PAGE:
A multinational study of colonization with extended spectrum β-lactamase-producing Enterobacteriaceae in healthcare personnel and family members of carrier patients hospitalized in rehabilitation centres.Clin Microbiol Infect. 2014 Aug; 20(8):O516-23.CM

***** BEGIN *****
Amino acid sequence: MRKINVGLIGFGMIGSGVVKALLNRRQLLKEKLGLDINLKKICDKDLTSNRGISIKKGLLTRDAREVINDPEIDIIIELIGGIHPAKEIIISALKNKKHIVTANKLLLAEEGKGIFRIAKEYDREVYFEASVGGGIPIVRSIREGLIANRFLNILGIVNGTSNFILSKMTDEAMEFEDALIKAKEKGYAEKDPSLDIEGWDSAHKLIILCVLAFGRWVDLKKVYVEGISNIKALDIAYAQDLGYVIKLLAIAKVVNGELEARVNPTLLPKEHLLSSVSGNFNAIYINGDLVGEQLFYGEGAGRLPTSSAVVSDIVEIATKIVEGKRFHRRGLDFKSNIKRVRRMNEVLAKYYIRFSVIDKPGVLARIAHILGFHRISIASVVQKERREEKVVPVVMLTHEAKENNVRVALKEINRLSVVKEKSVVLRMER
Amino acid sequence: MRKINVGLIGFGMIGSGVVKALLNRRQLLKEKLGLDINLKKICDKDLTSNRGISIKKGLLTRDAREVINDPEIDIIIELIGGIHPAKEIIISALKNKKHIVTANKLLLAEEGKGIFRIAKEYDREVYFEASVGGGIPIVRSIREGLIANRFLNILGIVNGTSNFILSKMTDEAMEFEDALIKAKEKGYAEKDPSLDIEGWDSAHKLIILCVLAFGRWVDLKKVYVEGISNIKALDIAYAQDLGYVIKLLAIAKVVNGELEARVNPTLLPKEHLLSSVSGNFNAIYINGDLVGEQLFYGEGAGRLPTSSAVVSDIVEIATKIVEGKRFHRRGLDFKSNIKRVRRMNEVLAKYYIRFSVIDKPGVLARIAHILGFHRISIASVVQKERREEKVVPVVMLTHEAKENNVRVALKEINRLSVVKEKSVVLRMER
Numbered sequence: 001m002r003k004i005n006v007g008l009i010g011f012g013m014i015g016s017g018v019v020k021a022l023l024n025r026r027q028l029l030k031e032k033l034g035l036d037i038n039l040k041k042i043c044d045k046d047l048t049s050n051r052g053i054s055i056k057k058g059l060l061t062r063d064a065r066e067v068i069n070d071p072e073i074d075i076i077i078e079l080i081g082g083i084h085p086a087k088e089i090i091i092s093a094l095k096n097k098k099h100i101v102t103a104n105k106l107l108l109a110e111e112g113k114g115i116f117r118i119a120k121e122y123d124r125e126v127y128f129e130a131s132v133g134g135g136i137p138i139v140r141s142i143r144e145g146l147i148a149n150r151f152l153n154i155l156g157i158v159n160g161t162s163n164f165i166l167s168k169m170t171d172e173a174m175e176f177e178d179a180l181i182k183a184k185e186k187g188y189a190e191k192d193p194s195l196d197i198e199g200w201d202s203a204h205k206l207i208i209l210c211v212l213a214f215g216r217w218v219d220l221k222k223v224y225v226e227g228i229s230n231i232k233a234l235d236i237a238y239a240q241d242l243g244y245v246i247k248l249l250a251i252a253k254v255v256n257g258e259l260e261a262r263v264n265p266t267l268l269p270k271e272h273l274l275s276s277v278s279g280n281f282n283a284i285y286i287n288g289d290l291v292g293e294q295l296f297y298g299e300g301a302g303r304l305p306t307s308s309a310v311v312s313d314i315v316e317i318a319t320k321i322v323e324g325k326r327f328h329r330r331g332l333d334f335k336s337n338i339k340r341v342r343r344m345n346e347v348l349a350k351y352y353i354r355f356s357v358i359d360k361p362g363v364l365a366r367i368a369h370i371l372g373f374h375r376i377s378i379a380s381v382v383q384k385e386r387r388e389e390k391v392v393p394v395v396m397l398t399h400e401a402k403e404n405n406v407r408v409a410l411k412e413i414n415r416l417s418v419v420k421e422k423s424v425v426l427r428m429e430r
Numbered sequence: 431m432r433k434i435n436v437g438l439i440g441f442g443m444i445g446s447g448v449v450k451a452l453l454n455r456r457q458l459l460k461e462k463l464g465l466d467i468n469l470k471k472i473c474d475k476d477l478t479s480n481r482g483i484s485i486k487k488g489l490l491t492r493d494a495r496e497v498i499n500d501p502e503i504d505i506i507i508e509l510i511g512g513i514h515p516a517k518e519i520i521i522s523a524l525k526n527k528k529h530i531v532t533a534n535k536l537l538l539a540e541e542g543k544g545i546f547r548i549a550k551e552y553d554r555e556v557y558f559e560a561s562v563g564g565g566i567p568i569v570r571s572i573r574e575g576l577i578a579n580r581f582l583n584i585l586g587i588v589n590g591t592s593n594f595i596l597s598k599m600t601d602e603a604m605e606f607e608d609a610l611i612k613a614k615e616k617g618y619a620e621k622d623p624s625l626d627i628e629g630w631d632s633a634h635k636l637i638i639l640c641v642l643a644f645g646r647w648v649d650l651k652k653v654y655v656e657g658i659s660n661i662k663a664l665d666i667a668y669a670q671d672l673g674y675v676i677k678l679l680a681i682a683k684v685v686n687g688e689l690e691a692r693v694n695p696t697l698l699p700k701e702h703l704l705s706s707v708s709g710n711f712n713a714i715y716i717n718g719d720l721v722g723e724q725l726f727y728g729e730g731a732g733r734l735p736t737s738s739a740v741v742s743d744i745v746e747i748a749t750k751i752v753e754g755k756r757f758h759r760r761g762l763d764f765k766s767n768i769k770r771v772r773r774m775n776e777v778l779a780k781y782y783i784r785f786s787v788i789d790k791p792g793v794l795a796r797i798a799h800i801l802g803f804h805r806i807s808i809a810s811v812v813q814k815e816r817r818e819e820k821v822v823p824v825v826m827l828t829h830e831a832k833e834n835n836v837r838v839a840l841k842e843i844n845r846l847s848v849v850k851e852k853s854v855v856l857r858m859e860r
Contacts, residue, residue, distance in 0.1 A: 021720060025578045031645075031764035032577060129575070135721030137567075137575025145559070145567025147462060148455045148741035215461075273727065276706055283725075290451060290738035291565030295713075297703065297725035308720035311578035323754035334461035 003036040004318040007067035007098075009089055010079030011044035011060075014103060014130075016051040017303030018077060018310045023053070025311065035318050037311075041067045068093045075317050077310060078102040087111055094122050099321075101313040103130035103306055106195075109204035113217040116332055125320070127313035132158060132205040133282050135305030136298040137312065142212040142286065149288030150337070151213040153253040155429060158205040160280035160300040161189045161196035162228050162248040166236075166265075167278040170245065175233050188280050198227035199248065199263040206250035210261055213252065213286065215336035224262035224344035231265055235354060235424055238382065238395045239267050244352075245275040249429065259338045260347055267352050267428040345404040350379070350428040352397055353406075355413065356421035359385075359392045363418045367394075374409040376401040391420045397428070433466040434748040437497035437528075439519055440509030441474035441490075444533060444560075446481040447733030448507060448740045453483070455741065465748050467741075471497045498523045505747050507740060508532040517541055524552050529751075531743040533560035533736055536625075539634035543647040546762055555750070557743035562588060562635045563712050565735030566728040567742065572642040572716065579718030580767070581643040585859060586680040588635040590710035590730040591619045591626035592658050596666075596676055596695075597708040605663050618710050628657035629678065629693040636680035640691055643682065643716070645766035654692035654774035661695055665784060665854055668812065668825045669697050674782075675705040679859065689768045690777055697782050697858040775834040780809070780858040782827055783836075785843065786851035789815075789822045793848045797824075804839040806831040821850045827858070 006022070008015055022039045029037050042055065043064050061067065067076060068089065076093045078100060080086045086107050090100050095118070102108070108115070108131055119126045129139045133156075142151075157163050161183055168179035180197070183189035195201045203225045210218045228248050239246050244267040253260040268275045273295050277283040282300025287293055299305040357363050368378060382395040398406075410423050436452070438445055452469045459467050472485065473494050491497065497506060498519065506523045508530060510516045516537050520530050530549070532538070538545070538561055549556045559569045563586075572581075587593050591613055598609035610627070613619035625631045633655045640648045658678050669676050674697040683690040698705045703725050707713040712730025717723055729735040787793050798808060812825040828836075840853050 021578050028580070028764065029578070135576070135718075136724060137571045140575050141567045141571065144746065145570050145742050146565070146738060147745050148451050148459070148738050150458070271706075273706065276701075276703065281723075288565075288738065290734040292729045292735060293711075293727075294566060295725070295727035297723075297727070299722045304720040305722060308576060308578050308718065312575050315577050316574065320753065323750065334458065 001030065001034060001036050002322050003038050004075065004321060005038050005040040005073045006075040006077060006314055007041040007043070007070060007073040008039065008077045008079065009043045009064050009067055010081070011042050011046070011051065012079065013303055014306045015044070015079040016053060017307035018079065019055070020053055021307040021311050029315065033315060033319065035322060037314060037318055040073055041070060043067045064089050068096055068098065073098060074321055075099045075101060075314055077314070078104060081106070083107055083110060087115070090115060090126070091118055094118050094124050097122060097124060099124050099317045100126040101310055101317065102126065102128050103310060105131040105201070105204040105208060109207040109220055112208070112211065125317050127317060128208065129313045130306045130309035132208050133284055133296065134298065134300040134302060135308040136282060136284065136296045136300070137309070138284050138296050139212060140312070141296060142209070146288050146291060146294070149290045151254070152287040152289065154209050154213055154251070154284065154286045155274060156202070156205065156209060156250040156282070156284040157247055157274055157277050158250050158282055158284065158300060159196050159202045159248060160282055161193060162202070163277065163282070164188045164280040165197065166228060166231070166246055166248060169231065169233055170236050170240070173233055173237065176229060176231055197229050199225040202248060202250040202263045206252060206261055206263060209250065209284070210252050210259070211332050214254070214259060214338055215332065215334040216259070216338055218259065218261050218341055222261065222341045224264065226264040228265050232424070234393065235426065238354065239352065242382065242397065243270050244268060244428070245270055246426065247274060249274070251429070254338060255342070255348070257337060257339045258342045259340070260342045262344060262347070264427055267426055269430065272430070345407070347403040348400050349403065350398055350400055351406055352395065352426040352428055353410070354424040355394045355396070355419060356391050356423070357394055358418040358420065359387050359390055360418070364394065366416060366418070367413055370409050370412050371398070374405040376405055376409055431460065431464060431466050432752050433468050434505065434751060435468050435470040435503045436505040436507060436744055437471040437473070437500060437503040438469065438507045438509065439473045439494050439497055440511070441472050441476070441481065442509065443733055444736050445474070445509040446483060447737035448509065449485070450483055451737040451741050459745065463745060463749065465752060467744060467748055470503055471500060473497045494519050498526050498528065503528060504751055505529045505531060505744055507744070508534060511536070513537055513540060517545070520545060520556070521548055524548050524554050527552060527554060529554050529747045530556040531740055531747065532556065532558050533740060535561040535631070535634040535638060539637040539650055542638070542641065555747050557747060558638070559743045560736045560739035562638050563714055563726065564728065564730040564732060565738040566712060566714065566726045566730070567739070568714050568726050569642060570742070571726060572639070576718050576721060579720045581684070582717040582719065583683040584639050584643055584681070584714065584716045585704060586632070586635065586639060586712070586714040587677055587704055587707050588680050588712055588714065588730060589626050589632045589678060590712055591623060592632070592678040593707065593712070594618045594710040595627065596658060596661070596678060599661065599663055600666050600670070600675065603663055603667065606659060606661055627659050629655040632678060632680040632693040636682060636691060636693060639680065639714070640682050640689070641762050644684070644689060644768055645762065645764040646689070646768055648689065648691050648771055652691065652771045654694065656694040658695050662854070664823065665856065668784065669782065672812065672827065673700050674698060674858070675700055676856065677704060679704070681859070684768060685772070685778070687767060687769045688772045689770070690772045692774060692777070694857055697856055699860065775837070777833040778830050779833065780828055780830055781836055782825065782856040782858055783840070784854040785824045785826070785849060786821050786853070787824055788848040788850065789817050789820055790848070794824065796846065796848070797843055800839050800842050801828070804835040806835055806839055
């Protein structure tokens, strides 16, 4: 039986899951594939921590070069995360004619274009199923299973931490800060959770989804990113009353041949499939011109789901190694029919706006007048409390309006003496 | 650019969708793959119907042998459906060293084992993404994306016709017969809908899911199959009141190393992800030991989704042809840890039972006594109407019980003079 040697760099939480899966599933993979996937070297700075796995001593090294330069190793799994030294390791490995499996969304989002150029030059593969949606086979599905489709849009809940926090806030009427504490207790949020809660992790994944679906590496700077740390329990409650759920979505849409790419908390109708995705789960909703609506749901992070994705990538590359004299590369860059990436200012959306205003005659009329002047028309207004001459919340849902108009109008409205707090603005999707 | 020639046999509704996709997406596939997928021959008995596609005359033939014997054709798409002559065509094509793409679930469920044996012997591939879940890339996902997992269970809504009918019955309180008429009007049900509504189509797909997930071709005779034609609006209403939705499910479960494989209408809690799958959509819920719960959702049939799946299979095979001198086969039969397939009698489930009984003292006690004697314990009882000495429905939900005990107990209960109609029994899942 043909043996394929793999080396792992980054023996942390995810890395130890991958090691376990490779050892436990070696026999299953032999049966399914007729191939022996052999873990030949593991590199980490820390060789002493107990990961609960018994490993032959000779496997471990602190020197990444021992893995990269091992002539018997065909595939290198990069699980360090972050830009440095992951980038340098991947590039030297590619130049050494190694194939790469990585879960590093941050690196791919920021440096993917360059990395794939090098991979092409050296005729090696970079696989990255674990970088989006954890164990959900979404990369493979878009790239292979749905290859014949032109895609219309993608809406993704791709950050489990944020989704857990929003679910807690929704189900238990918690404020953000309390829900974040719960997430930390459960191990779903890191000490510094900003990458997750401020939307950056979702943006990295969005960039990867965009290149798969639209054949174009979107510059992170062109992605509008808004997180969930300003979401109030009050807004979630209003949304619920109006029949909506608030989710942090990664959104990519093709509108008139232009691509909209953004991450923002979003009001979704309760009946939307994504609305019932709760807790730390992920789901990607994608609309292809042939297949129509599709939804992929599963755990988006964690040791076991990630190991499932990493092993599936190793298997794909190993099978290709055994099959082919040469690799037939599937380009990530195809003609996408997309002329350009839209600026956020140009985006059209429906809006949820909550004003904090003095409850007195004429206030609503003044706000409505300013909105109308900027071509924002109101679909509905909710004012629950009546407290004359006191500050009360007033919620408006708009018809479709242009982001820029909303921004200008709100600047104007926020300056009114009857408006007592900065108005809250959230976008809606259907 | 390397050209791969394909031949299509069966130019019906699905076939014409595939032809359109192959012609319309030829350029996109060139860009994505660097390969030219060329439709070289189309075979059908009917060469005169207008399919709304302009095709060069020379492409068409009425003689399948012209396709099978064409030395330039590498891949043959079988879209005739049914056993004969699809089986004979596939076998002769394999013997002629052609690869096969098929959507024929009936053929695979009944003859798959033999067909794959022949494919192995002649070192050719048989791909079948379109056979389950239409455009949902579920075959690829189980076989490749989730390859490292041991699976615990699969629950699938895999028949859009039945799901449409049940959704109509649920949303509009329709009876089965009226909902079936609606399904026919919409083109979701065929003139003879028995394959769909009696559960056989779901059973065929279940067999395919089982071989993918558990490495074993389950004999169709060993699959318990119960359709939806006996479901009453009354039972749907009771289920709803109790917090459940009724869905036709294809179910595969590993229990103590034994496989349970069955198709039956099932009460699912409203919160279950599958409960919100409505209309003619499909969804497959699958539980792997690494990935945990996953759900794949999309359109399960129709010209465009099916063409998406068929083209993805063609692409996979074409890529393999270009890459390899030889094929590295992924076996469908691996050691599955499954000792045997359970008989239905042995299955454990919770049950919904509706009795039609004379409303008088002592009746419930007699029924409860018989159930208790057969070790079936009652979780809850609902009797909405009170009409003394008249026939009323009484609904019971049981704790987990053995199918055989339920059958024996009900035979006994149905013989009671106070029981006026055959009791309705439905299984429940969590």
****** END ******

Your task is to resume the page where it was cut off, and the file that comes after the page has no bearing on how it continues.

The study aims were: (i) to define the prevalence of and risk factors for colonization by extended spectrum β-lactamase (ESBL) -producing Enterobacteriaceae (EPE) among healthcare workers (HCWs) and family members (FMs) of EPE-colonized patients in rehabilitation units and (ii) to compare EPE isolates from these three groups. The study included 286 FMs of 194 EPE-carrying patients identified in five rehabilitation units located in Israel, Italy, France and Spain. The EPE were detected in rectal swabs from 26 (9%) of 286 FMs screened. In multivariate analyses, older age of FM, greater mean number of hours spent with the patient, being a daughter or a female spouse of a patient, and chronic lung disease of the patient were significantly associated with carriage in the FM. Escherichia coli was the most common organism (76%), followed by Klebsiella pneumoniae (19%). Isolates were typed by pulsed field gel electrophoresis and multilocus sequence typing, and ESBLs were identified by PCR sequencing. A comparison of paired species isolates from FMs and their respective patient showed that 17 of 23 strains were indistinguishable. EPE were detected in 35 (3.5%, E. coli = 34) of the 1001 HCWs screened. Feeding patients was associated with EPE carriage by HCWs. Only 7 of 23 E. coli subclones cultured from HCWs were also represented among 376 patient-derived ESBL-producing E. coli isolates from the same rehabilitation units. In Spain, a higher proportion of HCWs and FMs were ESBL carriers than elsewhere (p <0.05). In conclusion, the molecular and epidemiological data suggest that FMs are at higher risk of EPE acquisition from their relative patients than HCWs.